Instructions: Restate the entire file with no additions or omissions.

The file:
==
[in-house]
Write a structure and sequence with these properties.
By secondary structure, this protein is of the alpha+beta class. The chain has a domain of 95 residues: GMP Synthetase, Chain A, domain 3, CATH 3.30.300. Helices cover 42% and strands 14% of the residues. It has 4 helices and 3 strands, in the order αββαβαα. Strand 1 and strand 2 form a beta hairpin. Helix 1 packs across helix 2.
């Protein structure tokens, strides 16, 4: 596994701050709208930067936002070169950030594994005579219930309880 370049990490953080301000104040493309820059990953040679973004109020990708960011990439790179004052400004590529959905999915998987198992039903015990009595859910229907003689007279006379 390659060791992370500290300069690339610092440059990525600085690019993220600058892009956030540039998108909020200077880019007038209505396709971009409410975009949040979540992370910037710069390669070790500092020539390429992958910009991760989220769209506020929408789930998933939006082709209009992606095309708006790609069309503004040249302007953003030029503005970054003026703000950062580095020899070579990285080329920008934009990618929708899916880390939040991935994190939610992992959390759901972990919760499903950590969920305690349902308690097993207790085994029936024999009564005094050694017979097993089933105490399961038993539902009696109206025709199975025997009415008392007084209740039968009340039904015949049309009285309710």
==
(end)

[in-house]
Write a structure and sequence with these properties.
By secondary structure, this protein is of the alpha+beta class. The chain has a domain of 95 residues: GMP Synthetase, Chain A, domain 3, CATH 3.30.300. Helices cover 42% and strands 14% of the residues. It has 4 helices and 3 strands, in the order αββαβαα. Strand 1 and strand 2 form a beta hairpin. Helix 1 packs across helix 2.
């Protein structure tokens, strides 16, 4: 596994701050709208930067936002070169950030594994005579219930309880 370049990490953080301000104040493309820059990953040679973004109020990708960011990439790179004052400004590529959905999915998987198992039903015990009595859910229907003689007279006379 390659060791992370500290300069690339610092440059990525600085690019993220600058892009956030540039998108909020200077880019007038209505396709971009409410975009949040979540992370910037710069390669070790500092020539390429992958910009991760989220769209506020929408789930998933939006082709209009992606095309708006790609069309503004040249302007953003030029503005970054003026703000950062580095020899070579990285080329920008934009990618929708899916880390939040991935994190939610992992959390759901972990919760499903950590969920305690349902308690097993207790085994029936024999009564005094050694017979097993089933105490399961038993539902009696109206025709199975025997009415008392007084209740039968009340039904015949049309009285309710």